All right, so maybe I need to think more about what I love or want in my gardens. In no particular order then –

Attracting birds, even predators like this juvenile Cooper’s hawk:

Juvenile Cooper's Hawk

A place for children and adults to play – in the pool, in the yard:

Kelsey playing Ultimate Frisbee

A place to grow lots of vegetables and fruit and flowers:

Pool and veggie garden

A place for herbs for my cooking adventures:

Herb garden

So, what about the ‘Genius loci’ in my own gardens? Perhaps we created a new one while bringing in new soil and composting and amending and planning and planting all these years, and maybe it is just waiting under the snow to emerge once again in the spring.

Pool in winter

Too bad I don’t have the photographic skills to convey the ‘Genius loci’ to you . . . yet!

July 27, 2010


Filed under: Containers,Flowers,Miscellaneous,Our gardens,Summer,Veggies — Judy @ 10:44 pm
Hummingbird moth

Hummingbird moth on butterfly bush

Here it is almost the end of July! So far, so good! It has been a good growing year with heat and rains coming at just the right time here. The growth of the plants has been wonderful and they are lush. We’ve been harvesting peppers, cukes, lettuce, blueberries, raspberries, and 66 luscious bulbs of garlic to dry.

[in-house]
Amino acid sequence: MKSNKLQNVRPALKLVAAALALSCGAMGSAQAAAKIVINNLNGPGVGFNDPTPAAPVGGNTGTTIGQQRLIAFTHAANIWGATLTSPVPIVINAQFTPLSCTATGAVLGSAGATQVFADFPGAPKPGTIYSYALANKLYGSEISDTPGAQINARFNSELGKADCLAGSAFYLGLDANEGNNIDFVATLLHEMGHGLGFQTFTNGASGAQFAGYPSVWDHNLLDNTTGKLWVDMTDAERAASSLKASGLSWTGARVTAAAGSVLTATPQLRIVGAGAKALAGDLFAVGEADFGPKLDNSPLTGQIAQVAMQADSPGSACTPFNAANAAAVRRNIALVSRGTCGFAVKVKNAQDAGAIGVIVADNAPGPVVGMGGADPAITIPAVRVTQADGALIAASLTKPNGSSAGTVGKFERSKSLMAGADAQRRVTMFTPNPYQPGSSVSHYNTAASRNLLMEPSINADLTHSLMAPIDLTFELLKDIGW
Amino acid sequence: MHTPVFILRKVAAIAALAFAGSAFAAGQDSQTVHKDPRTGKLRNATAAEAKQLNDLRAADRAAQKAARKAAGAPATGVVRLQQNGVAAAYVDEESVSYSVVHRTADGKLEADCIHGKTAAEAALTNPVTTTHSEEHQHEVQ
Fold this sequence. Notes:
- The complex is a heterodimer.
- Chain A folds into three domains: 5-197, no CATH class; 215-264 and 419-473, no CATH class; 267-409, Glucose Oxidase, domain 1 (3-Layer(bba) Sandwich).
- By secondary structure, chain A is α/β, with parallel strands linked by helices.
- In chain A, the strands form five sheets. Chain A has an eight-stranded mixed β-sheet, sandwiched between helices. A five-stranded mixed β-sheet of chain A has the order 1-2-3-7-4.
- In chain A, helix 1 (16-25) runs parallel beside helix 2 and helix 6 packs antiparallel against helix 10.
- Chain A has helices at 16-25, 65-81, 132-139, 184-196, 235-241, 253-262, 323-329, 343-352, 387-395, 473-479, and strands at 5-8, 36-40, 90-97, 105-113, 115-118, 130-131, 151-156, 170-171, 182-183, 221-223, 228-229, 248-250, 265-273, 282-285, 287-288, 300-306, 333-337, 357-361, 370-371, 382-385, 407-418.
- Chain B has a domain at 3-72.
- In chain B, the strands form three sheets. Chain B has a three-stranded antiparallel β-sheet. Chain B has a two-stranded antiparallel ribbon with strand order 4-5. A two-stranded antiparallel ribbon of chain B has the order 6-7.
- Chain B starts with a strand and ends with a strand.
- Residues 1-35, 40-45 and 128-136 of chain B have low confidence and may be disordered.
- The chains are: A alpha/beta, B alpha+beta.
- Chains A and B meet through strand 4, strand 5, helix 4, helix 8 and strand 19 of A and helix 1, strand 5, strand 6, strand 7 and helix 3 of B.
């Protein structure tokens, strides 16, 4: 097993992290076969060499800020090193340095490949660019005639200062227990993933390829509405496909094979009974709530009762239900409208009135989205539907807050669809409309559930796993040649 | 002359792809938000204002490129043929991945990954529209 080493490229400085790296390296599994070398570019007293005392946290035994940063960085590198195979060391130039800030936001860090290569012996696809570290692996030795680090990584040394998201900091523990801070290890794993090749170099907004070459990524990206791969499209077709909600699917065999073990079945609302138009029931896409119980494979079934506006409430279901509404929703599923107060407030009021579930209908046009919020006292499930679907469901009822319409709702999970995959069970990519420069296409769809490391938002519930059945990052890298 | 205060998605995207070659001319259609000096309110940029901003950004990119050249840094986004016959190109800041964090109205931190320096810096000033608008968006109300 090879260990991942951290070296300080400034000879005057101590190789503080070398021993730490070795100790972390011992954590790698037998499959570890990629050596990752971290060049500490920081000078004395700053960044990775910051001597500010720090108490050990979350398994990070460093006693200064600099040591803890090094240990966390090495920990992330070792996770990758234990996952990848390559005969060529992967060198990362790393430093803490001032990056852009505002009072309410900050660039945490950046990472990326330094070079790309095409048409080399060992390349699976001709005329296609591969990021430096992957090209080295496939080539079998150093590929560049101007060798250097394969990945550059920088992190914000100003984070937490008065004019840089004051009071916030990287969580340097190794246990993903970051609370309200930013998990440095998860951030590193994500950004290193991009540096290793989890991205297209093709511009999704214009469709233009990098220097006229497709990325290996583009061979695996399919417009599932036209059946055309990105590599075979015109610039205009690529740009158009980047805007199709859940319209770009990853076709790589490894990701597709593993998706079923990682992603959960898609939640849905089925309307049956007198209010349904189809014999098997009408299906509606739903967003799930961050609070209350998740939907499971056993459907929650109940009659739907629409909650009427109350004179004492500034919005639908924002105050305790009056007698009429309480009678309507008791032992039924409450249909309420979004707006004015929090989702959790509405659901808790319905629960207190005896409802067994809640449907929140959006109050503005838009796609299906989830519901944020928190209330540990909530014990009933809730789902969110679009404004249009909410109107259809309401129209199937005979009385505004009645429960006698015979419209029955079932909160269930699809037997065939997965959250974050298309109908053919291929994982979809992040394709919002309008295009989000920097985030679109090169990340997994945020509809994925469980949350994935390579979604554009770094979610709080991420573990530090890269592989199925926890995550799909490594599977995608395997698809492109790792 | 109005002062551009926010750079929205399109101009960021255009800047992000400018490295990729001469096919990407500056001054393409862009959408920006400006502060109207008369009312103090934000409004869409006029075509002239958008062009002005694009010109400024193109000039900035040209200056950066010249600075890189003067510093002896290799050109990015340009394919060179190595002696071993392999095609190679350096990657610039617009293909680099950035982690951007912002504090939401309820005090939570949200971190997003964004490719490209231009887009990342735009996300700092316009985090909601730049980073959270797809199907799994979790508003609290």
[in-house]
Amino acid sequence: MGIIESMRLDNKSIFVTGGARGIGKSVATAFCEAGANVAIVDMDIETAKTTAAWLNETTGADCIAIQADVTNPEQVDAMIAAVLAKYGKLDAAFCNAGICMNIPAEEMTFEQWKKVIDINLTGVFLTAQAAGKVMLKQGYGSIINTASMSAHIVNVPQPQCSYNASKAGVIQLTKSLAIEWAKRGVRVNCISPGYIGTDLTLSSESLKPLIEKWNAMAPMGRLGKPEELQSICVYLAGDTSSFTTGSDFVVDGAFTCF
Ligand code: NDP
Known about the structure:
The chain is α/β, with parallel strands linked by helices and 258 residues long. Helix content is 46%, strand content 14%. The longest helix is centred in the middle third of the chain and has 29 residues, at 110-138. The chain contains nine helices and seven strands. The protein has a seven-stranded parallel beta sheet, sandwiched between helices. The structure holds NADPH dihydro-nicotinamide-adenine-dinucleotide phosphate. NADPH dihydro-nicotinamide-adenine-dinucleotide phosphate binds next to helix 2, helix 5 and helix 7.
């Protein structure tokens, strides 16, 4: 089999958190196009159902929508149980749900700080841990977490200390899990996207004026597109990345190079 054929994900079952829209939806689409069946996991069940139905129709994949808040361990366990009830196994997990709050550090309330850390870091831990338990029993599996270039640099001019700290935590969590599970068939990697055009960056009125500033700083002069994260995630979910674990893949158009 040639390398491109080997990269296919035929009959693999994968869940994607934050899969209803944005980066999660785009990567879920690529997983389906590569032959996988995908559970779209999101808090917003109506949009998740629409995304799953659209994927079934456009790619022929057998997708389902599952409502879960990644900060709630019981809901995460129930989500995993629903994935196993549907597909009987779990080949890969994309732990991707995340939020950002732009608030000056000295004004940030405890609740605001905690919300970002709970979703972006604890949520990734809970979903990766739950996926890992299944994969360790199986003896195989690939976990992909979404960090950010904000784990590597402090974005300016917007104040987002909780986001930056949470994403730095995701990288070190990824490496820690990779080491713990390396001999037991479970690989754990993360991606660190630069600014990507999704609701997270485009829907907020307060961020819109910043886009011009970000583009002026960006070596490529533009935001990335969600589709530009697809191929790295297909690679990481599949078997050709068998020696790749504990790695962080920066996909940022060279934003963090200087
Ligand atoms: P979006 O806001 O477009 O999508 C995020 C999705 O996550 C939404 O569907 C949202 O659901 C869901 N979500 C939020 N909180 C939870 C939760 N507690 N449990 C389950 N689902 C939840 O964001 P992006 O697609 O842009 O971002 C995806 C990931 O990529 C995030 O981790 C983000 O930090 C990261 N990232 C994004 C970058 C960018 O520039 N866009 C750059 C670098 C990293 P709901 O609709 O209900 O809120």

Veggies and Fruit!

Of course, the amount of rain over three days last week amounted to a little over 5 inches! Unexpected, and a bit much for some of the plants to handle. During a break in the downpours, I slogged through the soggy lawn to check on the vegetable garden. To my surprise, the peaches had this clear, oozy, jelly-like substance on them and my first thought was that there was a huge infestation of bugs and that was the result (sorry, no pictures). After searching the internet, I learned a new term – guttation. There had been so much water that the peaches were unable to absorb it properly and ended up exuding the excess in this sticky stuff. When I checked later in the day, it was gone! Yay!

And the containers are exploding with color!

Urns with begonias

Dragonwing Pink begonias, coleus, fuchsia, and sweet potato vine

Ceramic mixed flower containers

Sweet potato vines, coleus, verbena, petunias, gaura, calibrochoa, pennisetum, solanum jasminoides vine

Low urn with mixed flowers

Petunias, lantana, Diamond Frost euphorbia, verbena, sweet potato vine

Tall urn with mixed flowers

Gaura, petunias, verbena, Diamond Frost euphorbia, lantana, sweet potato vine

Aren’t they exuberant now? It’s getting to be a jungle out there!